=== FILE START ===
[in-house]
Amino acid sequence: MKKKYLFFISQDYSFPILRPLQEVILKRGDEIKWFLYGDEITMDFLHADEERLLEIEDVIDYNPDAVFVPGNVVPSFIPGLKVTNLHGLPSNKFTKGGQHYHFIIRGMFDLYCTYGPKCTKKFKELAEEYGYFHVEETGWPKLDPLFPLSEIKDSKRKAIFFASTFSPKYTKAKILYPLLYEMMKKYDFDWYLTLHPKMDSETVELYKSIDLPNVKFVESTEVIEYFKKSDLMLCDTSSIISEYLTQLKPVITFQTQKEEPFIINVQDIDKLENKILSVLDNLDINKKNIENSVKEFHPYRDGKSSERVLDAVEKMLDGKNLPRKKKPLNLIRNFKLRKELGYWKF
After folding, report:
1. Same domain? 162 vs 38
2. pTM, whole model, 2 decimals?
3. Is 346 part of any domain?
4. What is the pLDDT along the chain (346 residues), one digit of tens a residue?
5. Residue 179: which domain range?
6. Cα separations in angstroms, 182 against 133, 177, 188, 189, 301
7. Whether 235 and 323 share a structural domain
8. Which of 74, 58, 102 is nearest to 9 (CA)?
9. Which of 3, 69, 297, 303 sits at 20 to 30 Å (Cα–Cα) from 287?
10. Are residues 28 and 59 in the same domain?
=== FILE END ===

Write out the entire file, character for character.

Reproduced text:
[in-house]
Amino acid sequence: MKKKYLFFISQDYSFPILRPLQEVILKRGDEIKWFLYGDEITMDFLHADEERLLEIEDVIDYNPDAVFVPGNVVPSFIPGLKVTNLHGLPSNKFTKGGQHYHFIIRGMFDLYCTYGPKCTKKFKELAEEYGYFHVEETGWPKLDPLFPLSEIKDSKRKAIFFASTFSPKYTKAKILYPLLYEMMKKYDFDWYLTLHPKMDSETVELYKSIDLPNVKFVESTEVIEYFKKSDLMLCDTSSIISEYLTQLKPVITFQTQKEEPFIINVQDIDKLENKILSVLDNLDINKKNIENSVKEFHPYRDGKSSERVLDAVEKMLDGKNLPRKKKPLNLIRNFKLRKELGYWKF
After folding, report:
1. Same domain? 162 vs 38
2. pTM, whole model, 2 decimals?
3. Is 346 part of any domain?
4. What is the pLDDT along the chain (346 residues), one digit of tens a residue?
5. Residue 179: which domain range?
6. Cα separations in angstroms, 182 against 133, 177, 188, 189, 301
7. Whether 235 and 323 share a structural domain
8. Which of 74, 58, 102 is nearest to 9 (CA)?
9. Which of 3, 69, 297, 303 sits at 20 to 30 Å (Cα–Cα) from 287?
10. Are residues 28 and 59 in the same domain?